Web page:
If you buy the Google Home for music, you have several music services to choose from. First off, all Home owners get access to Google Play Music (free), Pandora (free and paid accounts), Spotify (paid accounts only), TuneIn for Internet radio, and YouTube Music (paid accounts only). Within the Home app you can select which service your system defaults to, but in use you can always specify which service you want the Home to access. Google’s free Play Music service isn’t as user-friendly as Amazon’s Prime Music for Alexa (which requires a $100-a-year Prime membership). It’s more like Pandora, in that you get mixes based on your artist or track request, rather than music solely by that artist. And after an update announced at I/O 2017, the Home is now a Bluetooth speaker, so you can stream music from your phone, just as you can do with the Echo (and the Tap, but not the Dot).
The Home can also work as a key part of a multiroom audio system when you combine it with a Chromecast wireless media streamer (you have three of them to choose from: Chromecast, Chromecast Audio, and Chromecast Ultra). The Chromecast devices allow you to stream music or video to another device such as a powered speaker, an audio system, or a TV, and control it with your phone. Google Assistant can play the same music through all units simultaneously or different music in each room. In this way, the Google offering behaves more like a Sonos system than the Echo and Alexa do.
We tested the multiroom feature using one Home and one Chromecast Audio. With the Audio plugged into a TV, we were able to tell the Home to play music on the TV and to play the same music on both the TV and the Home at the same time, essentially creating a multiroom music experience similar to that of Sonos. Echo/Alexa owners can add multiples of the cheaper Echo Dot to their existing Bluetooth speakers or audio system, but the units won’t play the same music in every room, and you can’t ask the Echo in the kitchen to play music via the Dot in the living room—all of those restrictions make the Echo arrangement ineffective as a multiroom-audio system. Adding Chromecasts throughout your home costs less than buying multiple Sonos speakers, too, though Sonos works with more music services and has an easier-to-use app (and soon will be Alexa compatible).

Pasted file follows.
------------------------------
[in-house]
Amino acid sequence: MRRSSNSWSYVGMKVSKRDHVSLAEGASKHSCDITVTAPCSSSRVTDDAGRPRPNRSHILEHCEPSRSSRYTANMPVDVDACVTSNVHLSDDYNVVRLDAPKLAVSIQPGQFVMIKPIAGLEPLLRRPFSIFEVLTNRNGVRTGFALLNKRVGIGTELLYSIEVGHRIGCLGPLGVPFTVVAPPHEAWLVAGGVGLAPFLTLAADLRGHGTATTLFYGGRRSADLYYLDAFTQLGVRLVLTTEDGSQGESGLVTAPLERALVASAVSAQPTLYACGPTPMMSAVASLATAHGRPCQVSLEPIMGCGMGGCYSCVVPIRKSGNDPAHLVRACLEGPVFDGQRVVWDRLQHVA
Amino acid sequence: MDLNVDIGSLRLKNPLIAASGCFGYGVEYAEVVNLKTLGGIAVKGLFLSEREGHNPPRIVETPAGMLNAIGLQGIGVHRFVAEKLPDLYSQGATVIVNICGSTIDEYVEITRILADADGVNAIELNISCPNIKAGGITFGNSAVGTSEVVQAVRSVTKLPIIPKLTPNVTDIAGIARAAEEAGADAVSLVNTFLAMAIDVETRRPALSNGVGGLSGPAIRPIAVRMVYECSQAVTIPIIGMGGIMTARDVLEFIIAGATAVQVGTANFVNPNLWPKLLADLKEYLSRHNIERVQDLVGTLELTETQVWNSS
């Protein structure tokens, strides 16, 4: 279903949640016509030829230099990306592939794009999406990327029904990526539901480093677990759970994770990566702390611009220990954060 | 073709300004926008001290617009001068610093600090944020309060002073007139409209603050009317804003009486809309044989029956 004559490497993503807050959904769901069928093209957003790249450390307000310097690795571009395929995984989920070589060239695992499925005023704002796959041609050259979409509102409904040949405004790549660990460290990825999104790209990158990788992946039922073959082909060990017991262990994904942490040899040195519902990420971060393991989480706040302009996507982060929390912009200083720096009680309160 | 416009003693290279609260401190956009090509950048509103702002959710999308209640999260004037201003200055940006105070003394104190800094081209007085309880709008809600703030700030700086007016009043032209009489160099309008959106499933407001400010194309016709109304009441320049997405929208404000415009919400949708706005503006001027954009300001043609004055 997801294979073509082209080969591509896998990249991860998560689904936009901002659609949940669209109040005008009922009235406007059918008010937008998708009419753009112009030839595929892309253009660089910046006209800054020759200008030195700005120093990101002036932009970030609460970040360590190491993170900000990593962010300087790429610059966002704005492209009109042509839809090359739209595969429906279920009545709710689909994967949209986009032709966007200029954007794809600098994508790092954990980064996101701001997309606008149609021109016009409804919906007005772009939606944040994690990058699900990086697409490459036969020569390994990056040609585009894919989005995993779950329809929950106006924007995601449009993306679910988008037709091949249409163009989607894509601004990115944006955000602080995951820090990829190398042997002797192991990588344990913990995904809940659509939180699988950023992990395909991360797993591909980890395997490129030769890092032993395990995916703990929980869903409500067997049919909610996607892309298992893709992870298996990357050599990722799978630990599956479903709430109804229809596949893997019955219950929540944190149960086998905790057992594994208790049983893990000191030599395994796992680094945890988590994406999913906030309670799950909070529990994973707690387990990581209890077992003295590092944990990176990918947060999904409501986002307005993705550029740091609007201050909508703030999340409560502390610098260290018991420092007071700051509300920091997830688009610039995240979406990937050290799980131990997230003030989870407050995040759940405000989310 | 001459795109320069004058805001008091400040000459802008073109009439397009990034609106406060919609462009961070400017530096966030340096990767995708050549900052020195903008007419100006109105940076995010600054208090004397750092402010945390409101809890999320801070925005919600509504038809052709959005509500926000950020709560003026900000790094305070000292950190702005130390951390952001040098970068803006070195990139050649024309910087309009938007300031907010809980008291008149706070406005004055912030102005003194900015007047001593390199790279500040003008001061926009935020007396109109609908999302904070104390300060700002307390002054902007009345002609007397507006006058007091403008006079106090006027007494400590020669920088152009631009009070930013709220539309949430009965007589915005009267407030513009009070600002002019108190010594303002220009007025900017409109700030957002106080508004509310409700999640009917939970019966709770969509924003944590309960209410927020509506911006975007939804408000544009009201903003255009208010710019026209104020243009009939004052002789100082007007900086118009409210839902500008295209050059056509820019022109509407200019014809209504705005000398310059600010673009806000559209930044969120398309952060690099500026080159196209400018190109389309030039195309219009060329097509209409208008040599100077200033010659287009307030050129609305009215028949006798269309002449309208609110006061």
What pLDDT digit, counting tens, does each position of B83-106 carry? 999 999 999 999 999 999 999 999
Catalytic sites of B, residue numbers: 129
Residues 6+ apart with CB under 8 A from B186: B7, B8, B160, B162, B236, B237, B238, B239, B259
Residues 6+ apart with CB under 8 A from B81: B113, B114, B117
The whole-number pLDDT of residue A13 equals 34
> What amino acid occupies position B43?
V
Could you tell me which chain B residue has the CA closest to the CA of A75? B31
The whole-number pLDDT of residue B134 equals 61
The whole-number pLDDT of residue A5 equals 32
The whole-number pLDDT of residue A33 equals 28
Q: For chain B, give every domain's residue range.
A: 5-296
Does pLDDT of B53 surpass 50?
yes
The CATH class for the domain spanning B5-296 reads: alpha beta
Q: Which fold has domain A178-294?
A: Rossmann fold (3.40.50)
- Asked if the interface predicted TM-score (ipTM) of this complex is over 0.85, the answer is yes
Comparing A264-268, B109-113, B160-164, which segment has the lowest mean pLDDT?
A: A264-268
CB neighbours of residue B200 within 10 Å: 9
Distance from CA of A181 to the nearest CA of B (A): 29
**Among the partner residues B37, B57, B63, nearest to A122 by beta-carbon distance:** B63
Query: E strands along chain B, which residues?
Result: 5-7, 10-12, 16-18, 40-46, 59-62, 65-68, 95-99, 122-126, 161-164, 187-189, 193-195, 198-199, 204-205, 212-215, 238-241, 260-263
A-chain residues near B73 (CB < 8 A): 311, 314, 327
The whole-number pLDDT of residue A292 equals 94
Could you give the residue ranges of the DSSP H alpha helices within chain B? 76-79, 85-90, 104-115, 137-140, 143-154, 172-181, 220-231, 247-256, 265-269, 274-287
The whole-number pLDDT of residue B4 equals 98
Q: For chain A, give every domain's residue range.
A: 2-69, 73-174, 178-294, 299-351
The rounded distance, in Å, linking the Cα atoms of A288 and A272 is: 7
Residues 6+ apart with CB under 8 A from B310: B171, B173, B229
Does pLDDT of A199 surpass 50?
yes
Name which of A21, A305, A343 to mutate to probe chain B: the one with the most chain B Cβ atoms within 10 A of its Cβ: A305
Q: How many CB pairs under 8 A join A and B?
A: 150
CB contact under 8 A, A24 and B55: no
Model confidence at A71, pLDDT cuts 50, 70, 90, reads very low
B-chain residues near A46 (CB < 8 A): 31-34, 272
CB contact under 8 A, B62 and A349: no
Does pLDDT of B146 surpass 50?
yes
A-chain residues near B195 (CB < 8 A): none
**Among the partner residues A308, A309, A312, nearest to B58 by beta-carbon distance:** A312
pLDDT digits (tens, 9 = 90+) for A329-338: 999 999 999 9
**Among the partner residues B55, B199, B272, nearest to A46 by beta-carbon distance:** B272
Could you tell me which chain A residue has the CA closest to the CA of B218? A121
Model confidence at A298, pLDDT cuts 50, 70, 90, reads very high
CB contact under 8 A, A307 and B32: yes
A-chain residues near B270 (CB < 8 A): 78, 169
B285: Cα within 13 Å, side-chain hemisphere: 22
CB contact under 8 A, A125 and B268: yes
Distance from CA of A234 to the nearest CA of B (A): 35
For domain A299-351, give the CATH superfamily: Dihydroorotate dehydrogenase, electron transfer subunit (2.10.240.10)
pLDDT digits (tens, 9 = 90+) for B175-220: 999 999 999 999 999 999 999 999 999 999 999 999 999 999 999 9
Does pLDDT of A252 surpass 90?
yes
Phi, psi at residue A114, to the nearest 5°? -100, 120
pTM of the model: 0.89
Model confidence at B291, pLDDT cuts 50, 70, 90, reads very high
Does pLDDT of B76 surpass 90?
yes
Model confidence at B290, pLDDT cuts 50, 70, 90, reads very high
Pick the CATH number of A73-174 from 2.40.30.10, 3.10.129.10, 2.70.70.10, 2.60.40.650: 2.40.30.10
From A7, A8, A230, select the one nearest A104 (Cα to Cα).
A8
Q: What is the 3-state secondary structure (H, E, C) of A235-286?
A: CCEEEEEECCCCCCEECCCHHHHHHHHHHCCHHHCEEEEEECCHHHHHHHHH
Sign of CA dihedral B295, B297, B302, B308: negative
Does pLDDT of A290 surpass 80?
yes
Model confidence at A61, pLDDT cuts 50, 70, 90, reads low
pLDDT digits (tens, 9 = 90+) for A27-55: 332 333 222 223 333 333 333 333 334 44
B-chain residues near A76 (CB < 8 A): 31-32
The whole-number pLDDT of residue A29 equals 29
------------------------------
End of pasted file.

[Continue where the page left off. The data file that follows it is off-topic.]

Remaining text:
In our listening tests, we found the Home to be a decent speaker for rooms such as kitchens, dens, or bedrooms for casual listening, but it is not a speaker for critical listening, or for entertaining a roomful of people at a party.
To find out how the Home and the Echo compare in sound quality, Wirecutter audio expert Brent Butterworth set up some blind-listening tests and borrowed the critical ears of our Los Angeles–based audio editors, Geoff Morrison and Lauren Dragan. We also ran some lab measurements to get a clearer idea of the devices’ technical performance and to better test how well the microphone arrays and voice-recognition systems separated the user’s voice from other sounds.